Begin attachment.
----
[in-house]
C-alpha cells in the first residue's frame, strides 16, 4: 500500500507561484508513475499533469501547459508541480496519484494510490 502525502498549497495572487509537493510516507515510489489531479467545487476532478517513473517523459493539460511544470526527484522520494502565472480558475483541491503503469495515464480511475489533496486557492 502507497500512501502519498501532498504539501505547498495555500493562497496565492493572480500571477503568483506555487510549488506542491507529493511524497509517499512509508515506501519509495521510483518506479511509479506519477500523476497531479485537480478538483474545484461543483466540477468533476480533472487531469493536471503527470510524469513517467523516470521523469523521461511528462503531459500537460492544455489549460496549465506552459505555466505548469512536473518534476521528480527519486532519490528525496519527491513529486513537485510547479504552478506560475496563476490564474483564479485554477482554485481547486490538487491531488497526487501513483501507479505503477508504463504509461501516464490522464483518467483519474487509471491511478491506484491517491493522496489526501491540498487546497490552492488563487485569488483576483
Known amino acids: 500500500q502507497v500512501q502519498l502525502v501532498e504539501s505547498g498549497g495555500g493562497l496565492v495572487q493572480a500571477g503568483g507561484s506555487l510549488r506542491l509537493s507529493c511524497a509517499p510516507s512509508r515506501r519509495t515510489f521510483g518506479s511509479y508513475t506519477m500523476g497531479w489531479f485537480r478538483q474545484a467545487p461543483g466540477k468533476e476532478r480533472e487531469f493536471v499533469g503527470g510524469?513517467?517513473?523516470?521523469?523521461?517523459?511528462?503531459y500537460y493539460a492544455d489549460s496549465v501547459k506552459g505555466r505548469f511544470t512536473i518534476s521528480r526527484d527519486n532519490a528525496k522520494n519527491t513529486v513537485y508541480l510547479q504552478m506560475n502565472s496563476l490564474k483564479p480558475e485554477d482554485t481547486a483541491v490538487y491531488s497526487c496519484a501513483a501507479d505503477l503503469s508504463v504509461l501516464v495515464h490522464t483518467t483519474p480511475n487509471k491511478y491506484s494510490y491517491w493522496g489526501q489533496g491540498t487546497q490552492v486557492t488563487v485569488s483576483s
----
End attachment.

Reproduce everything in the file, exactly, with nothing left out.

[in-house]
C-alpha cells in the first residue's frame, strides 16, 4: 500500500507561484508513475499533469501547459508541480496519484494510490 502525502498549497495572487509537493510516507515510489489531479467545487476532478517513473517523459493539460511544470526527484522520494502565472480558475483541491503503469495515464480511475489533496486557492 502507497500512501502519498501532498504539501505547498495555500493562497496565492493572480500571477503568483506555487510549488506542491507529493511524497509517499512509508515506501519509495521510483518506479511509479506519477500523476497531479485537480478538483474545484461543483466540477468533476480533472487531469493536471503527470510524469513517467523516470521523469523521461511528462503531459500537460492544455489549460496549465506552459505555466505548469512536473518534476521528480527519486532519490528525496519527491513529486513537485510547479504552478506560475496563476490564474483564479485554477482554485481547486490538487491531488497526487501513483501507479505503477508504463504509461501516464490522464483518467483519474487509471491511478491506484491517491493522496489526501491540498487546497490552492488563487485569488483576483
Known amino acids: 500500500q502507497v500512501q502519498l502525502v501532498e504539501s505547498g498549497g495555500g493562497l496565492v495572487q493572480a500571477g503568483g507561484s506555487l510549488r506542491l509537493s507529493c511524497a509517499p510516507s512509508r515506501r519509495t515510489f521510483g518506479s511509479y508513475t506519477m500523476g497531479w489531479f485537480r478538483q474545484a467545487p461543483g466540477k468533476e476532478r480533472e487531469f493536471v499533469g503527470g510524469?513517467?517513473?523516470?521523469?523521461?517523459?511528462?503531459y500537460y493539460a492544455d489549460s496549465v501547459k506552459g505555466r505548469f511544470t512536473i518534476s521528480r526527484d527519486n532519490a528525496k522520494n519527491t513529486v513537485y508541480l510547479q504552478m506560475n502565472s496563476l490564474k483564479p480558475e485554477d482554485t481547486a483541491v490538487y491531488s497526487c496519484a501513483a501507479d505503477l503503469s508504463v504509461l501516464v495515464h490522464t483518467t483519474p480511475n487509471k491511478y491506484s494510490y491517491w493522496g489526501q489533496g491540498t487546497q490552492v486557492t488563487v485569488s483576483s